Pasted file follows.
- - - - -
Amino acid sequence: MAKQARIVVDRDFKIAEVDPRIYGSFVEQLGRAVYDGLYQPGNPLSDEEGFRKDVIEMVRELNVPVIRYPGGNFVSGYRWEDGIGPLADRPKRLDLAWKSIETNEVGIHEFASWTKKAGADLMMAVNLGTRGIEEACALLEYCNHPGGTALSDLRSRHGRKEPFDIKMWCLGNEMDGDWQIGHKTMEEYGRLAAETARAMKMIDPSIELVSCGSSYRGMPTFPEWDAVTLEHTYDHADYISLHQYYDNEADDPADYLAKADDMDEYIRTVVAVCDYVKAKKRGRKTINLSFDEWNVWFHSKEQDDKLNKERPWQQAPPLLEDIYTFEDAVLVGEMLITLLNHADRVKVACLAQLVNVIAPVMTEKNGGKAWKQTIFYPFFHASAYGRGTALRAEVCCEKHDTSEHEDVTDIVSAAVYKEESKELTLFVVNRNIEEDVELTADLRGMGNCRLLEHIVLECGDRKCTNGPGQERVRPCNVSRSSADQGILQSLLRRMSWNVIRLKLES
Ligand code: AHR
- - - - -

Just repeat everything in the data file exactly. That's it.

Amino acid sequence: MAKQARIVVDRDFKIAEVDPRIYGSFVEQLGRAVYDGLYQPGNPLSDEEGFRKDVIEMVRELNVPVIRYPGGNFVSGYRWEDGIGPLADRPKRLDLAWKSIETNEVGIHEFASWTKKAGADLMMAVNLGTRGIEEACALLEYCNHPGGTALSDLRSRHGRKEPFDIKMWCLGNEMDGDWQIGHKTMEEYGRLAAETARAMKMIDPSIELVSCGSSYRGMPTFPEWDAVTLEHTYDHADYISLHQYYDNEADDPADYLAKADDMDEYIRTVVAVCDYVKAKKRGRKTINLSFDEWNVWFHSKEQDDKLNKERPWQQAPPLLEDIYTFEDAVLVGEMLITLLNHADRVKVACLAQLVNVIAPVMTEKNGGKAWKQTIFYPFFHASAYGRGTALRAEVCCEKHDTSEHEDVTDIVSAAVYKEESKELTLFVVNRNIEEDVELTADLRGMGNCRLLEHIVLECGDRKCTNGPGQERVRPCNVSRSSADQGILQSLLRRMSWNVIRLKLES
Ligand code: AHR